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VERBAL JIUJITSU AT THE UNITED NATIONS REQUIRES A MASTERY OF THE DISTINCTIONS BETWEEN A PUSH AND A SHOVE.|
In pushing open or shut a door, the amount of force exerted is calibrated to match the inertia and friction of the door, such that the acceleration imparted to the door is sufficient not only to overcome its inertia, but also the friction of its joints, such that the door moves with a constant velocity that spontaneously decreases to zero, due to the ever present friction, until the door is swung open without causing an explosion, or closed without causing a bang.
Trump has a very carefully crafted speech that overcomes the inertia of its past policies on North Korea, and cancels out the friction of fear and hostility among some in the audience, and thus achieved its purpose of opening a door to a different pathway for all the players in this game.
However, the calibration toward the end, the letting go of the force pushing the door open was not as well timed. The result was that the door not only opened up as intended, it kept swinging around its joints for quite some distance, possibly ending up hitting the other side of the wall outside the door. This triggers Newton's Second Law instead of merely applying the First Law to change the process of peace from its resting inertia to its active inertia. That second law is that for every action, there is an equal and opposite reaction. And that reaction, in the chemistry of a diverse forum as the UN General Assembly, may take some time to come back in a coherent manner. But, we will have to watch for it, and hope it does not begin another vicious cycle of escalation.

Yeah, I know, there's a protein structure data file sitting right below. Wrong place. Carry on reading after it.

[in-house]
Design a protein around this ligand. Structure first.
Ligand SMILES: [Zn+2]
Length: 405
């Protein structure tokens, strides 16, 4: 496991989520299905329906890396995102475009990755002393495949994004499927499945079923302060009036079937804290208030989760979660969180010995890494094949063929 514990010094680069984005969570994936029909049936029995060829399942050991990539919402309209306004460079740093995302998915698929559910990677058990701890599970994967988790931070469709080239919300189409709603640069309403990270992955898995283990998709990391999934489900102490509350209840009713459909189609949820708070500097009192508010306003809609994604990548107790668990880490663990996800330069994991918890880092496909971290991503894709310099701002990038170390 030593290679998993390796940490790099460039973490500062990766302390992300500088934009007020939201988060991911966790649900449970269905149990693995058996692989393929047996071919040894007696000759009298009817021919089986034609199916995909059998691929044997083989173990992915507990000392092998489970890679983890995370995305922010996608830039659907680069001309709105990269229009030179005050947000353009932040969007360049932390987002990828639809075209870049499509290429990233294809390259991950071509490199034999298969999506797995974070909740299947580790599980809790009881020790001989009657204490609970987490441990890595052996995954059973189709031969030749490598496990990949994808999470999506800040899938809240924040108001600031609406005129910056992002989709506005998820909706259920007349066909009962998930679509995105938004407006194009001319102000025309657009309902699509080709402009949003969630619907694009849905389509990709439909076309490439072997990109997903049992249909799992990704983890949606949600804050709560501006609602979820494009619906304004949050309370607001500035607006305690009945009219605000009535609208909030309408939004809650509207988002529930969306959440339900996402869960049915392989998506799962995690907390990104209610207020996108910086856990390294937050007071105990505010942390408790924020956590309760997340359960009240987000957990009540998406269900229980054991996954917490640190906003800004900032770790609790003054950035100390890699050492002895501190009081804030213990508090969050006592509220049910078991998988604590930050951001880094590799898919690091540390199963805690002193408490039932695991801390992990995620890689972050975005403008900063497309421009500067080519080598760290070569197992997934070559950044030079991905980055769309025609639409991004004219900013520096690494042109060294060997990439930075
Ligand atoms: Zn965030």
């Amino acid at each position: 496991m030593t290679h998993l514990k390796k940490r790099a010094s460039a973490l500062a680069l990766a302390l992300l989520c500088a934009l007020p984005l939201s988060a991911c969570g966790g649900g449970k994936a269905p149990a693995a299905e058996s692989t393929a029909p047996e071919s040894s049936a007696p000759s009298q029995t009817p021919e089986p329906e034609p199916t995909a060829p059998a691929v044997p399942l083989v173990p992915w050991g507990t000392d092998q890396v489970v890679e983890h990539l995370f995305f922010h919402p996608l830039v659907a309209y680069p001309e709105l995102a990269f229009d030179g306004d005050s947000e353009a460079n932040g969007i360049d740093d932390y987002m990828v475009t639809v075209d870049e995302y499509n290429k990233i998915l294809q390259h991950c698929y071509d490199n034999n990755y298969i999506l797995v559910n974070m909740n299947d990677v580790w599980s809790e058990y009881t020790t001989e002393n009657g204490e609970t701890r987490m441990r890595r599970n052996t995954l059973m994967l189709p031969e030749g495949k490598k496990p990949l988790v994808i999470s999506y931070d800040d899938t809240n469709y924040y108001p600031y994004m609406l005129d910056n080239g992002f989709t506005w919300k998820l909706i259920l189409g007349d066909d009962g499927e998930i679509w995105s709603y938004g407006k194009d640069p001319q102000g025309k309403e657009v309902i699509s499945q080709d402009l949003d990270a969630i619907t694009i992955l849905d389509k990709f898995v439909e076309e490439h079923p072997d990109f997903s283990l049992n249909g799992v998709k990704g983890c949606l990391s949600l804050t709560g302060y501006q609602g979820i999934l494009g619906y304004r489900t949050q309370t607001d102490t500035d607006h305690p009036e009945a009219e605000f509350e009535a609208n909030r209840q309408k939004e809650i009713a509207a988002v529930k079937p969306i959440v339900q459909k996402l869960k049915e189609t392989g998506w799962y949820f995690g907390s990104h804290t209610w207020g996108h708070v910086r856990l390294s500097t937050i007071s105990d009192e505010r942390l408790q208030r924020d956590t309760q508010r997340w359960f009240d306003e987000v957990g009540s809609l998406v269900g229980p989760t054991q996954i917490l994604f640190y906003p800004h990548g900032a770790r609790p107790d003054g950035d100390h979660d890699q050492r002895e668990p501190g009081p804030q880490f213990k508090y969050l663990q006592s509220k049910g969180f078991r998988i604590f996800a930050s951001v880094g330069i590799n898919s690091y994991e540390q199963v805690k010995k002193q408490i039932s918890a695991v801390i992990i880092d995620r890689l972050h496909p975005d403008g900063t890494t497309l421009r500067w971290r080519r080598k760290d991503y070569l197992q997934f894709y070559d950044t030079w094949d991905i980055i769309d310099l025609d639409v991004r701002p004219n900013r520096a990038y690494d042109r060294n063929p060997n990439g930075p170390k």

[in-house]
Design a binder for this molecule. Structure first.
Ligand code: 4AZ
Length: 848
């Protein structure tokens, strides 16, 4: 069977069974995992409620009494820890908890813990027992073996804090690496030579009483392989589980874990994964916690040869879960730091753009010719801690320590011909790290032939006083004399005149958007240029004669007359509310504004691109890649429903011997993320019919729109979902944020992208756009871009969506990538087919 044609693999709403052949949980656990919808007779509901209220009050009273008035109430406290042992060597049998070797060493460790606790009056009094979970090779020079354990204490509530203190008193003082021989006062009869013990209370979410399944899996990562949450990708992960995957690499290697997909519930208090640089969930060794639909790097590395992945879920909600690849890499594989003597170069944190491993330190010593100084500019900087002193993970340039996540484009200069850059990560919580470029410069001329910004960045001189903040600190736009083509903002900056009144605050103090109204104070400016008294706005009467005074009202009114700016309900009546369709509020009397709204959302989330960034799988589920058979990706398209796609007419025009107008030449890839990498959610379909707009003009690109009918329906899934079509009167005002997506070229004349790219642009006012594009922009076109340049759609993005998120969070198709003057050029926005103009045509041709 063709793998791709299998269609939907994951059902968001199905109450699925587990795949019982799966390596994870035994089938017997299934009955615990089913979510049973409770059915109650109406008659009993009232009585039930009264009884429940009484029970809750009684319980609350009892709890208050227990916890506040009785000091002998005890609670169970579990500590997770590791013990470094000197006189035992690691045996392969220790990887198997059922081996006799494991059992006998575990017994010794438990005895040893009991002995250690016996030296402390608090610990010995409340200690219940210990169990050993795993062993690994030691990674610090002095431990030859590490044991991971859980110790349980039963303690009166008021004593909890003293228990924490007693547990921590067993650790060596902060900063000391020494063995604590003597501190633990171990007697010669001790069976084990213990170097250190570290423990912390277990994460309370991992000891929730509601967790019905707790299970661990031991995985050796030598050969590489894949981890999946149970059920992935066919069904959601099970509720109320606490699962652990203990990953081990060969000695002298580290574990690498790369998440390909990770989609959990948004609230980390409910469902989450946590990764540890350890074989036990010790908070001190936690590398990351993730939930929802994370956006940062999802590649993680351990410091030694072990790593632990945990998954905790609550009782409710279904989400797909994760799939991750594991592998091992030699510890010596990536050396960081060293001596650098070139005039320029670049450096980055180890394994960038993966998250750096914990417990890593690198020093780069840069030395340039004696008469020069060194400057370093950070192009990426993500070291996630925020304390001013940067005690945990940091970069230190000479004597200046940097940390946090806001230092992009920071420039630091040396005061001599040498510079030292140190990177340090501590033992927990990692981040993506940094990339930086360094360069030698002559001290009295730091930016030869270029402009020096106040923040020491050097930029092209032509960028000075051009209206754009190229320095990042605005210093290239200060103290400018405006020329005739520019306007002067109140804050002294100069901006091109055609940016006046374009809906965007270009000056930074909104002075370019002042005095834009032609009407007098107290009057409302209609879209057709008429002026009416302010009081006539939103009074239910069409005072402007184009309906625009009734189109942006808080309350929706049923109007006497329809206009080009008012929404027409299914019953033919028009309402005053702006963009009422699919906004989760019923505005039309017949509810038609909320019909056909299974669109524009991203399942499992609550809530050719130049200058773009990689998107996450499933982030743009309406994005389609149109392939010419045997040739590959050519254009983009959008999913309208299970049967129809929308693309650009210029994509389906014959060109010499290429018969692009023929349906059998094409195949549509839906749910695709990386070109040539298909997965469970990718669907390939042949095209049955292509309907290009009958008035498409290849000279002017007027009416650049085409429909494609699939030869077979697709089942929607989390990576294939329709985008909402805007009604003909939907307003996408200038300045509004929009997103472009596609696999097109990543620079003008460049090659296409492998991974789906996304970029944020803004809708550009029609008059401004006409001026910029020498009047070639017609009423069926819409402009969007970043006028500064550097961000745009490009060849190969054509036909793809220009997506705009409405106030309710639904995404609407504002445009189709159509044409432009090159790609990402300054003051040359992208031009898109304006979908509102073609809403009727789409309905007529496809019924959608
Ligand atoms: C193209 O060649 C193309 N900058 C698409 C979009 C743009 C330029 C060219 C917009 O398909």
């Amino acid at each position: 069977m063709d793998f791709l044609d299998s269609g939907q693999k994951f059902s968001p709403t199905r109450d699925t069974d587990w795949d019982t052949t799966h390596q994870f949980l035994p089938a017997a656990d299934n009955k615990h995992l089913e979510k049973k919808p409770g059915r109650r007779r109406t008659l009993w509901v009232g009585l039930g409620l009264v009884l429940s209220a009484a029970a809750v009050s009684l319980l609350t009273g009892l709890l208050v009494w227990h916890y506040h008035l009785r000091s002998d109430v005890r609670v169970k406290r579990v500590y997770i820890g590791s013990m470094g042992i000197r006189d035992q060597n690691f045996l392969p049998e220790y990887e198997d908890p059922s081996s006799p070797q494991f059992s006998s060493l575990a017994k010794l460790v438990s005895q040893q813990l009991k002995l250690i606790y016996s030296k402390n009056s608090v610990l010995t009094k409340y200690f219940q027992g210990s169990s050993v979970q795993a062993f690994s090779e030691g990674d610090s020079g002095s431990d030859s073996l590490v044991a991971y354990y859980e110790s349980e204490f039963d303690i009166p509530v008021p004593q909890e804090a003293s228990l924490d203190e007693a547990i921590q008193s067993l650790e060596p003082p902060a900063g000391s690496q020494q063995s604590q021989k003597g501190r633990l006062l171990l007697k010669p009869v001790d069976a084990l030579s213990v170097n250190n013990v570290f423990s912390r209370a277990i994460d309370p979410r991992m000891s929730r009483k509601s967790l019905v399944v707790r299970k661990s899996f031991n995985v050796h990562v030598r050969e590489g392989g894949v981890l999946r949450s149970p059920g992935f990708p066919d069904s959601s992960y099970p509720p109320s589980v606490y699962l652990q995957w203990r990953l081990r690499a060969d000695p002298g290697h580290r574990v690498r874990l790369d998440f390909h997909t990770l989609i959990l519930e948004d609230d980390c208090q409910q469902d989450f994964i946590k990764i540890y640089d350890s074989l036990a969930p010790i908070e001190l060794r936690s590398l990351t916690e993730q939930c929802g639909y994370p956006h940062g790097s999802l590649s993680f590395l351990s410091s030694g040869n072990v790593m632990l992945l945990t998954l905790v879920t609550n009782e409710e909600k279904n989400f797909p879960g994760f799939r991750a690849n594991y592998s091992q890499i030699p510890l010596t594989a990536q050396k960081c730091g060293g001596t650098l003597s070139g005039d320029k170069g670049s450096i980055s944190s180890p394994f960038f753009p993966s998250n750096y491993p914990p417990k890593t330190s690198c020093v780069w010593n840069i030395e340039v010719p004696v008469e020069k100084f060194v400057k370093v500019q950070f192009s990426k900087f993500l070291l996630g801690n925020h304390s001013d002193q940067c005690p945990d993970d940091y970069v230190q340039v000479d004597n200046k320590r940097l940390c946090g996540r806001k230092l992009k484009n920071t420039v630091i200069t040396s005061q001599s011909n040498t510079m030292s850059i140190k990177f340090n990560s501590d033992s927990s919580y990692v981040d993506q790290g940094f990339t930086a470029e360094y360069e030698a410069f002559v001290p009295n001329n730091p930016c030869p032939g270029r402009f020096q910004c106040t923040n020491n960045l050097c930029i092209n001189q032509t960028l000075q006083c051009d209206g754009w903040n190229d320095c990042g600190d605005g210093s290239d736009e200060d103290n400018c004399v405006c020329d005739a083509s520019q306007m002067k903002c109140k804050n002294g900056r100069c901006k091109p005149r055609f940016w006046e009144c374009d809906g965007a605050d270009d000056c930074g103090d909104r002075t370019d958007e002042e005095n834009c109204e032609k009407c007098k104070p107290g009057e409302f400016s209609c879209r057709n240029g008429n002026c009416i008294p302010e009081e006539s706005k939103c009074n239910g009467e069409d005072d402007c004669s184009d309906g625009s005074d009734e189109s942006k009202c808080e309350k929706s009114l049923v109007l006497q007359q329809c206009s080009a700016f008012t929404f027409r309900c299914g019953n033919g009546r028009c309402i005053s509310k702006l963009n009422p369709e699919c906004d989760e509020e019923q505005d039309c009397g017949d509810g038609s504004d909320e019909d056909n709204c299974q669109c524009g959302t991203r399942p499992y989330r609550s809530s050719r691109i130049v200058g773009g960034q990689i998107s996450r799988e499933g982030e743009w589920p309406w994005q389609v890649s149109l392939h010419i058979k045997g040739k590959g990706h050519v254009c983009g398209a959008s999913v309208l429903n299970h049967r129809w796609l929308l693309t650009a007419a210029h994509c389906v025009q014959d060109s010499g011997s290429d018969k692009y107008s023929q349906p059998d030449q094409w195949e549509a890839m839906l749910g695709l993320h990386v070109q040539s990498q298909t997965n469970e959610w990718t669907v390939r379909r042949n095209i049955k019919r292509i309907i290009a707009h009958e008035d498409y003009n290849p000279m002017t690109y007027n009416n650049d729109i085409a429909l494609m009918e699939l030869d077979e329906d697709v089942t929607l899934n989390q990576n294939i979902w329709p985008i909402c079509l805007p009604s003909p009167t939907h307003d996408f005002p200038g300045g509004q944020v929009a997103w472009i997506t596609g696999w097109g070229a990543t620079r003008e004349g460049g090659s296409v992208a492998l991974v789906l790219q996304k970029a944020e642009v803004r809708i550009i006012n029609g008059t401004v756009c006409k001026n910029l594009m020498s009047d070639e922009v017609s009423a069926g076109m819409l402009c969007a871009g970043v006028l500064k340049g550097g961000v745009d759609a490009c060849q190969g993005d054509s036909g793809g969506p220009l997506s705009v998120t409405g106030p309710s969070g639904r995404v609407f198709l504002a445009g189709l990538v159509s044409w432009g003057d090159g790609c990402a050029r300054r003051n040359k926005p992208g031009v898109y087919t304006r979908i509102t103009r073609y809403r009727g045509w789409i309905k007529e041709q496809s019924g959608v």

Trump said, "The United States has great strength and patience. But if it is forced to defend itself or its allies, we will have no choice but to totally destroy North Korea. Rocket Man is on a suicide mission for himself and for his regime."
The first two sentences overcomes the inertia of the the present standoff, and pushes the whole table of options into motion and into public view.
The last sentence, however, was a missed opportunity for victory, if victory is defined as the permanent and comprehensive denuclearization of North Korea, in exchange for a guarantee by the Allies of a permanent and comprehensive peace for North Korea.
The temptation to belittle Kim is hard to resist, especially when a smart appellation seems so easy and harmless to apply - "Rocket man" - funny, trivial, and not necessarily pejorative.
What is missed is the correct rejoinder to the first two statements that lets go of the push, and allows friction to do its job of setting both countries on a new course of peace and denuclearization - a win-win scenario.
How much better it would have been if Trump's speech writer had understood the fundamental strategy of the Allies to achieving its goals, and let him say, "However, if the leadership of North Korea is willing to agree on a permanent and comprehensive denuclearization of North Korea in return for a permanent and comprehensive peace for North Korea, guaranteed by the US, China, Russia, Japan and South Korea, or even by the UN Security Council, then I see nothing but a bright, prosperous, and peaceful future for North Korea and for its neighbors, as well as for us, and the world. We hope that North Korea does the right thing for itself, and for everybody."
Just a slight twist in the speech, turns gloom into glory, and truly keeps the door open, without worrying about the so-called "equal and opposite reaction" that underlies North Korea's declaration of its intent to achieve "equilibrium" with a country as large and as powerful as the USA, not that it can achieve this goal, but that its attempt to do so would come at a huge cost of lives and property for all.
Words matter, especially in a Babel such as the U.N., where even just one word can have 120 shades of meaning. It is not too late for the diplomats to repair the breach. Best yet, for Trump to do it himself.